Holloway Fire Painting the Skies Red all Night

We are right to the left of the big burn in the center.  Kinda busy. Still folks digging and opals coming out.  The NWR is rounding up horses and mapping mining district boundries finally since 1975 act of congress. http://www.nasa.gov/mission_pages/fires/main/usa/20120810-westernus.html

Memorial Day Weekend tailings digging at the Rainbow

Hiya all; Well all you Opalholics, summer is NOT here. Opening day at the Rainbow never got warmer than the 50s. It was cold and windy with showers. The mud welcomed us and the road into the tailings was one lane of two fresh scrapes down below the 3 inches of mud. I didn’t even consider driving down the other side of the valley that afternoon. Less than half of the normal opening weekend crowd was there. The line of cars got stalled as folks got stuck going in. By 9 we were all digging tho’. It was miserable so no one was wandering around gloating with big ones from the piles to show off in the gloom and drizzle. I did hear repeated finds from a couple piles. Walkin’ tall with mud gloomed onto the boots for sure.  6 or 7 loads were sold and I saw opals from at least 3 of them. Like I said it was a bad day light wise. I’m sure ounces went into the tailings in muddy dirt clods that night. Everybody got back out of the mine Ok. Today was snowed out but it’s supposed to be clearing for a couple days around Monday.  Did not talk to any other valley diggers so I can’t give a sitrep on the Peacock or Bonanza mines. The campground was barely populated,but I blame that on the oil situation and the economy going belly up on peoples savings instead of just a couple bad banks.  Give us a couple warm days without rain and it will all be dry again. Even with the rain the tailings were dry when you got below the surface (2-3 inches). The montmorillite here soaks up water and breaks down fast but it sort of swells and makes a waterproof crust of dust and the rest of the water just runs off. I have seen tailings from 20 or 100 years ago still like that. Smooth dirt crust on top and originally mined rough chunks under the surface. Well I did find the usual suspects of opal. About 1 -5 gallon bucket all told of every thing including dirt clods and rocks. The un expected big one and some cones. Here’s photos.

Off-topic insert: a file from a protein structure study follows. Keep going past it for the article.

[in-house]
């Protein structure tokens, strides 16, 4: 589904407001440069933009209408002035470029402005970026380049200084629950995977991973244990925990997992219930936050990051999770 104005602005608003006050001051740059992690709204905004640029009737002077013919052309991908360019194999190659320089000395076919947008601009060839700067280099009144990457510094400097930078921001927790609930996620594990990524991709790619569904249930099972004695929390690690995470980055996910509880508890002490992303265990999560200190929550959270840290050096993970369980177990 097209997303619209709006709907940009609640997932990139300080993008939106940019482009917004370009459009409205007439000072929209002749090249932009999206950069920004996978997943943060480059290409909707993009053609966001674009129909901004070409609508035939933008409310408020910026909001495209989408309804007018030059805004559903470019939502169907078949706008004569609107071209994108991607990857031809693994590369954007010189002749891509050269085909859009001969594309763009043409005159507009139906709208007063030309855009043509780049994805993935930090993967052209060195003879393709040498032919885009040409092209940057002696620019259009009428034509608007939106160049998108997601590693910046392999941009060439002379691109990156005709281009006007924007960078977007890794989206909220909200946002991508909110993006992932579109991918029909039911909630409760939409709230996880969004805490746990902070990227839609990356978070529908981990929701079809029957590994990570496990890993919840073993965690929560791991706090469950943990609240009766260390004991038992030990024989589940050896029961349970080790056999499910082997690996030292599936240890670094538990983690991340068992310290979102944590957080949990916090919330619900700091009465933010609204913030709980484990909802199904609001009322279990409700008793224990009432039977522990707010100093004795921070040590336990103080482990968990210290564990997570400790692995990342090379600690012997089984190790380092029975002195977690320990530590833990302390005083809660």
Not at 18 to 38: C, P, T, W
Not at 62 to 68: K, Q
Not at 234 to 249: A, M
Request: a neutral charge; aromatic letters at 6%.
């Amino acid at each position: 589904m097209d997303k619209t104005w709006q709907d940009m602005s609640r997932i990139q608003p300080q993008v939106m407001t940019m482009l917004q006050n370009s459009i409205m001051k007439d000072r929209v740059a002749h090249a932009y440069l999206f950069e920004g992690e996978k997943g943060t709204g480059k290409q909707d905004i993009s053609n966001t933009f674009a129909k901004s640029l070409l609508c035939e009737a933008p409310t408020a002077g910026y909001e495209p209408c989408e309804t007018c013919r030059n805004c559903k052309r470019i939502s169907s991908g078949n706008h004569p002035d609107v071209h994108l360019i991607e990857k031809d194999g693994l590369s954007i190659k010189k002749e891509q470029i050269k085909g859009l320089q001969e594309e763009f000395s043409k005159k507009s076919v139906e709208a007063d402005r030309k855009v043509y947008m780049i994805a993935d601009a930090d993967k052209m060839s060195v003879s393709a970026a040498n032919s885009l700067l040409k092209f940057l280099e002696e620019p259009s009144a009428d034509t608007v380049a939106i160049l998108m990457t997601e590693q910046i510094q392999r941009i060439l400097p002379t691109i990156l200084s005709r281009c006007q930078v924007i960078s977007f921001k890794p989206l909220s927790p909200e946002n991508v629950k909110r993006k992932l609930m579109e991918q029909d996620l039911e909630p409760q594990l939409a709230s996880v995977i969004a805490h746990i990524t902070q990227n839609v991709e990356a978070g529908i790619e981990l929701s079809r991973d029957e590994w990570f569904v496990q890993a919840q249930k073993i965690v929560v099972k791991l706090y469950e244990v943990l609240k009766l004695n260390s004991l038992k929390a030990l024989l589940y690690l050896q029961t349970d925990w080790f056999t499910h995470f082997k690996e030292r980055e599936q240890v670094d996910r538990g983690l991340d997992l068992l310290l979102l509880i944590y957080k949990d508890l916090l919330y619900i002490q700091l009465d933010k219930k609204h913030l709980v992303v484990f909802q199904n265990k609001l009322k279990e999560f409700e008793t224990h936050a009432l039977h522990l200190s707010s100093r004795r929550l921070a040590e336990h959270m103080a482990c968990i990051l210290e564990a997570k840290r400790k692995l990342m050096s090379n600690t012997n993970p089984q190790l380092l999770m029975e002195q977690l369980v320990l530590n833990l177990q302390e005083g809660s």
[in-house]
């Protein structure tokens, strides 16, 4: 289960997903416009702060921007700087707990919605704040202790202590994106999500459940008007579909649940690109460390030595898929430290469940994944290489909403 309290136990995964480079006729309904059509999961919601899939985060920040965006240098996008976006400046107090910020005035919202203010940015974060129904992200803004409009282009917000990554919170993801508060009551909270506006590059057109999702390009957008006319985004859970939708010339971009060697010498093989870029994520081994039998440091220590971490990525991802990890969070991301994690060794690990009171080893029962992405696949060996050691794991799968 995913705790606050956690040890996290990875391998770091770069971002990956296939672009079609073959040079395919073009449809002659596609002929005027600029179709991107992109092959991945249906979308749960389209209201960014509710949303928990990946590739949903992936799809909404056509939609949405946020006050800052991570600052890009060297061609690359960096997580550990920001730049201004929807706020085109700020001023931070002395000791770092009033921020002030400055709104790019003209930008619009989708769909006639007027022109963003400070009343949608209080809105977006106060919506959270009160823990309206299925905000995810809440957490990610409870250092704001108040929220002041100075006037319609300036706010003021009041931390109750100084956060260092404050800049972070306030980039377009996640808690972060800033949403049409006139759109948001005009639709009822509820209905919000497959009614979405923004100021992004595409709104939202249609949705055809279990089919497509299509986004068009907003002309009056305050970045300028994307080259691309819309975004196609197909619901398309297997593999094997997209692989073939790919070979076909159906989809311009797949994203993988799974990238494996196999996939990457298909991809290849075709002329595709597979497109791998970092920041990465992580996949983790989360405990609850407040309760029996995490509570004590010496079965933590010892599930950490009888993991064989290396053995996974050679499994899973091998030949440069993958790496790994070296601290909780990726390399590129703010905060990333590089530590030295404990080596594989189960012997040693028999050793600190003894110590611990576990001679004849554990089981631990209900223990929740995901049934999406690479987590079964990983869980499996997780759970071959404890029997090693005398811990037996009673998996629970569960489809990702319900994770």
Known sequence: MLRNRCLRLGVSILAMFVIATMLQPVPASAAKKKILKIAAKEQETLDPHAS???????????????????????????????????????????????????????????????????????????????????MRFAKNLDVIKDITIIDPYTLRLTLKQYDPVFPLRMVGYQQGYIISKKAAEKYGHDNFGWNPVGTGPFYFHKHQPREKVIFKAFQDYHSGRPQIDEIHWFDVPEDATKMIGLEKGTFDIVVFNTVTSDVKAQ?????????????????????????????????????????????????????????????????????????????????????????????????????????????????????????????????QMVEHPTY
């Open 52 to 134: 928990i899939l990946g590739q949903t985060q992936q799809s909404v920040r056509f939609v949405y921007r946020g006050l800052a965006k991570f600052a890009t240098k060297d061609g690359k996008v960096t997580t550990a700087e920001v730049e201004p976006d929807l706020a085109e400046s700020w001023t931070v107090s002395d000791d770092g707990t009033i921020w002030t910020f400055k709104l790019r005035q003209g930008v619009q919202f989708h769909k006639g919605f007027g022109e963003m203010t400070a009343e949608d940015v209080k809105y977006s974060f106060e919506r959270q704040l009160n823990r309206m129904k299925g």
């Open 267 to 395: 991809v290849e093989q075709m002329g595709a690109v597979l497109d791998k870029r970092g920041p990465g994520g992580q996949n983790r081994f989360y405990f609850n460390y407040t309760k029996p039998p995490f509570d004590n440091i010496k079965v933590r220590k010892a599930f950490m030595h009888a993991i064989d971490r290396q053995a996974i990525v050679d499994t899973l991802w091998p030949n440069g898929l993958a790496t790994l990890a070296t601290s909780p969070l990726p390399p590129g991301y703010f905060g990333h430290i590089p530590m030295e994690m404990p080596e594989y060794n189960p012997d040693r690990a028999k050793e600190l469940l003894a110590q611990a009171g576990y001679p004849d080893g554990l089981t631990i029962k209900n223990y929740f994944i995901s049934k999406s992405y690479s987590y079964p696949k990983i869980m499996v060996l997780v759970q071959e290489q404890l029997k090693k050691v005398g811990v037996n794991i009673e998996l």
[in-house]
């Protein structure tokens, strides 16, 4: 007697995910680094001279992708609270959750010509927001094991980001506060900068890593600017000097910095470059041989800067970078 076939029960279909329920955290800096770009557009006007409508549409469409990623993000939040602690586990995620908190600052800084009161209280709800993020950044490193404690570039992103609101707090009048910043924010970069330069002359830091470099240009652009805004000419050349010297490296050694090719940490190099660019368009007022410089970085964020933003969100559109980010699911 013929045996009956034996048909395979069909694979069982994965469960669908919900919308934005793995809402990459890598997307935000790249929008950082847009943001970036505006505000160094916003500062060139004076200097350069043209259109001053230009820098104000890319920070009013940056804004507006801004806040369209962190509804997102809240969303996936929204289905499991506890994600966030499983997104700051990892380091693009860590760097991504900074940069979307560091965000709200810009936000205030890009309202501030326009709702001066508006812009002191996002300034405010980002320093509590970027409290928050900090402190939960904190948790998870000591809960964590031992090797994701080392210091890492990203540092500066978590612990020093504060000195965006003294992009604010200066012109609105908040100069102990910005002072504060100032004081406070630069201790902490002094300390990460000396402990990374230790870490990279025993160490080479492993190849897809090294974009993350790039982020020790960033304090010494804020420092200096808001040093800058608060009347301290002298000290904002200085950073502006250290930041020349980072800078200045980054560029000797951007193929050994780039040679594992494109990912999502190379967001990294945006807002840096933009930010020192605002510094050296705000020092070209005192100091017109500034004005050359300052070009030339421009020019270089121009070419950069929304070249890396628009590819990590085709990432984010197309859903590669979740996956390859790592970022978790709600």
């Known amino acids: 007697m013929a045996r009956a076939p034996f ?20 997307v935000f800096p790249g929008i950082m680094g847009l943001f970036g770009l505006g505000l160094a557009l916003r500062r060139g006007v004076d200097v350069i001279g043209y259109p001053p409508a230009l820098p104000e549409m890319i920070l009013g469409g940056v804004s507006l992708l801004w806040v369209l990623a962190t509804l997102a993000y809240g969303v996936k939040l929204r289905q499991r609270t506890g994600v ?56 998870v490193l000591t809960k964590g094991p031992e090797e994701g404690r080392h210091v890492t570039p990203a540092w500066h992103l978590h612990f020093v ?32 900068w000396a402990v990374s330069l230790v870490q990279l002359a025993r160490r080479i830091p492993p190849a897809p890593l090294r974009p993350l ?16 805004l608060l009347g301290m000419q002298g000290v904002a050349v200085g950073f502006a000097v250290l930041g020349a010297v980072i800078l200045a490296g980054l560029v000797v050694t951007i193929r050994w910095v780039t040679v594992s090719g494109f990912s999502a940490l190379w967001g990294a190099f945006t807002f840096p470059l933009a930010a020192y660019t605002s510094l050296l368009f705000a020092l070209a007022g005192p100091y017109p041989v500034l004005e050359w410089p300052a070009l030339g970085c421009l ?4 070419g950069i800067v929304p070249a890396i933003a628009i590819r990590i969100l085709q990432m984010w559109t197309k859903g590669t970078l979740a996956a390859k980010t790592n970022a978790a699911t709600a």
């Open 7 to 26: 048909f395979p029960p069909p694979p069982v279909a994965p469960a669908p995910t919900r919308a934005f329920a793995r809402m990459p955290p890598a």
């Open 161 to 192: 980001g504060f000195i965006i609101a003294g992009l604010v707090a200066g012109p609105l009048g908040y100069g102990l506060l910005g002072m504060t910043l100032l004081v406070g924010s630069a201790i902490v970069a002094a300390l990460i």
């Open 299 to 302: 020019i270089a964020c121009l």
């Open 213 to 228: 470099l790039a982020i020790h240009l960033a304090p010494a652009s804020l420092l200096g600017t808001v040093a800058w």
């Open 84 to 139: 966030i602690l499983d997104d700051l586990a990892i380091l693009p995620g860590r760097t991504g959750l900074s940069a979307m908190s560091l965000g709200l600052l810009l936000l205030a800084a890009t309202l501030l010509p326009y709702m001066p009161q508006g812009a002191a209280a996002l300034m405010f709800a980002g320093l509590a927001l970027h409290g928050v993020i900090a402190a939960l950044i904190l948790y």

Fresh tailings opal from Rainbow Ridge 2011.